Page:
Tuesday, September 3, 2013

Early Concept Art for Immemorial

So it is now my Fall 2013 semester and all my energy and focus for the next year will be geared towards my Senior short film thesis, currently titled, "Immemorial."

The term immemorial roughly means something of great age that goes beyond the limits of memory. Since my idea for the film focuses on the age old depute between man and wolf, I felt that the term Immemorial would work for now.

I have already started some research and concept work towards the project, but as I am currently in the story/ concept refinement stage, all my designs can still change.

I have chosen to work with a forest setting for my film environment. I am worried that I should go with something more original, but I really like a landscape that will allow me to use many painted layers and something that will work well with a more painterly, brush-textured approach.

My inspiration for my color palette came from this autumn mountain picture. I love the contrast of orange and blues.
With a complicated background story, I was able to create a more original environment. The mountain forest for my film is in close proximity to where huge machines of war are being constructed. The production of these machines are giving off huge amounts of smoke from the forges  and as a result, the entire landscape is continuously being covered by falling ash. My inspiration for this idea was the aftermath of volcanoes where the landscape is so dense with ash that no color is visible. So my final color palette for my film will be orange, blue and grey.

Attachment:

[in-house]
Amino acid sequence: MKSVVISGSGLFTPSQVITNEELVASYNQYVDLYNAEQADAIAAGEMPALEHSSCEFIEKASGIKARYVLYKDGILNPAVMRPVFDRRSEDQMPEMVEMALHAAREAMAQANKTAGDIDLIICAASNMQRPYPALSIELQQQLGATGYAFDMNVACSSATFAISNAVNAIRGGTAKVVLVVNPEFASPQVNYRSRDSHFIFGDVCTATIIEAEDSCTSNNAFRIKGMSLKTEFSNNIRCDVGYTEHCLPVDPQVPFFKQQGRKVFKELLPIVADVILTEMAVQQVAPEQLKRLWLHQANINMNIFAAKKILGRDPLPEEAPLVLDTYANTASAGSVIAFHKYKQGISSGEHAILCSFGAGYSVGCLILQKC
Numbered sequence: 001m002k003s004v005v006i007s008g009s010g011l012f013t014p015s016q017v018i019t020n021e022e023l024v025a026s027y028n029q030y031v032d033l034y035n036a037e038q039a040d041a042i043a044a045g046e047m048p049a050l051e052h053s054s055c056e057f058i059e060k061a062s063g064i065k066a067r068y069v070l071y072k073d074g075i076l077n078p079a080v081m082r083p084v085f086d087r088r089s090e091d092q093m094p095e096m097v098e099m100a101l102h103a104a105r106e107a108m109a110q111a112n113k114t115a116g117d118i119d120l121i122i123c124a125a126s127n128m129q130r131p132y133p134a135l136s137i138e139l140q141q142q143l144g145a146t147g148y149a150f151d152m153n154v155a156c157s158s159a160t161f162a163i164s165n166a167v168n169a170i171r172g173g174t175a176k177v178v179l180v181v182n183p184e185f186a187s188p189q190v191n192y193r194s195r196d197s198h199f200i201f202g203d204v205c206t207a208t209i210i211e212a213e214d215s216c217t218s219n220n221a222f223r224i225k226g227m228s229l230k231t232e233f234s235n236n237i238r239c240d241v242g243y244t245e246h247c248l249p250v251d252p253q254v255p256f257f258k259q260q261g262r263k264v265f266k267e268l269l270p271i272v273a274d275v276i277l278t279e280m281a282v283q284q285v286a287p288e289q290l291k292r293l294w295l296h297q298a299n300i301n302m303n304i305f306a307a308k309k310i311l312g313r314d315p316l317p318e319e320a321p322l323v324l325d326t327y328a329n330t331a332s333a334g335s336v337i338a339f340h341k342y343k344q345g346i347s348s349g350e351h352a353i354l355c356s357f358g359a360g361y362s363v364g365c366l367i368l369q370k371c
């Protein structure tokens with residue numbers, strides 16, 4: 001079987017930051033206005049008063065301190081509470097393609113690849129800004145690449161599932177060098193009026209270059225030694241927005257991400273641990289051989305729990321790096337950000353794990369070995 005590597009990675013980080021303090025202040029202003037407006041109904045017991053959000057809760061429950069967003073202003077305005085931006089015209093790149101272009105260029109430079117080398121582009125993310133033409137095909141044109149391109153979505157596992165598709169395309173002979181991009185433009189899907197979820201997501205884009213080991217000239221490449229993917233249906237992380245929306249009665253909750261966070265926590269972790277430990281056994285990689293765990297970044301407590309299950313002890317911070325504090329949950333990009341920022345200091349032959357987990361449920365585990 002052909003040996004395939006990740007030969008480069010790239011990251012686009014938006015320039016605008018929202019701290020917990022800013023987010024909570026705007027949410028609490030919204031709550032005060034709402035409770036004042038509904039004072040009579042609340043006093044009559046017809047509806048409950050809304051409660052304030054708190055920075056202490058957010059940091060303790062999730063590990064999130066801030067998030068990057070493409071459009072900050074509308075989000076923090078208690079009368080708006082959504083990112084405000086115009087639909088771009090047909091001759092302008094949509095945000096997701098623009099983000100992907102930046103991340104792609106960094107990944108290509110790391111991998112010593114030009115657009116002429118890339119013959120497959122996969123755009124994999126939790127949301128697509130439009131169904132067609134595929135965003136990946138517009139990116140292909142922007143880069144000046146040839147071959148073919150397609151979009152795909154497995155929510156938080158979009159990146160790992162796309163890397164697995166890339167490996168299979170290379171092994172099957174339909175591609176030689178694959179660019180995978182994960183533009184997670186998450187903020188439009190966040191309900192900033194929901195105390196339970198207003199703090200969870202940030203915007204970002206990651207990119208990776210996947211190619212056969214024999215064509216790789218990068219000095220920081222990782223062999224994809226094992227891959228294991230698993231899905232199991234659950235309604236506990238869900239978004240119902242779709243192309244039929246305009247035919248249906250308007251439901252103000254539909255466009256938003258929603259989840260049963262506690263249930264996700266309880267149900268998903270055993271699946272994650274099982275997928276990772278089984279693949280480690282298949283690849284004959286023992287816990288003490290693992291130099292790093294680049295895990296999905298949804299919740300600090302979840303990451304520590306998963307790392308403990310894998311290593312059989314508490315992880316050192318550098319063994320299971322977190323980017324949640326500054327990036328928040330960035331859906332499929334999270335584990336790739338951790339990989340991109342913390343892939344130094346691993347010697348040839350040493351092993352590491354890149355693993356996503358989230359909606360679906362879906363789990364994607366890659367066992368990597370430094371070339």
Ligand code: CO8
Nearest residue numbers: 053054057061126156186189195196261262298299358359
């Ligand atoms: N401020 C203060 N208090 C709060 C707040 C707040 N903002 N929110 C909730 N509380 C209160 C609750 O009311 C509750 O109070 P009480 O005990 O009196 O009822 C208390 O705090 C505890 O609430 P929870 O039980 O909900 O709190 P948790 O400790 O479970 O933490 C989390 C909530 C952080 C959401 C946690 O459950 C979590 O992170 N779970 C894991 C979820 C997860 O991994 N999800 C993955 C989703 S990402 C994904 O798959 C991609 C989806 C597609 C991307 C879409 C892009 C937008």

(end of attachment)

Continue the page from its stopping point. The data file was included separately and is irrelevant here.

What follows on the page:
Some early concept ideas that deal with the wolf as a twisted, distorted monster according to the eyes of man.
My aim with these studies was exploring the elements of the unnatural. Limbs twisting the wrong way, exposed bone, empty sockets, this all implies how humanity's own view of the wolf is just as unnatural.

I experimented with using human hands instead of paws. These hands take the wolf more into the human world. By giving it human hands, I am suggesting that we see the wolf as something more than an animal. Often, the way a wolf's behavior is viewed and portrayed is more like that of a person. We have elevated this animal to a level of intelligence on par with people, forgetting that it is still just an animal.
Some early silhouette exploration of the "good" wolf, after its transformation. I really like the idea of delicate limbs in contrast with the heavy mass of the "evil" wolf.

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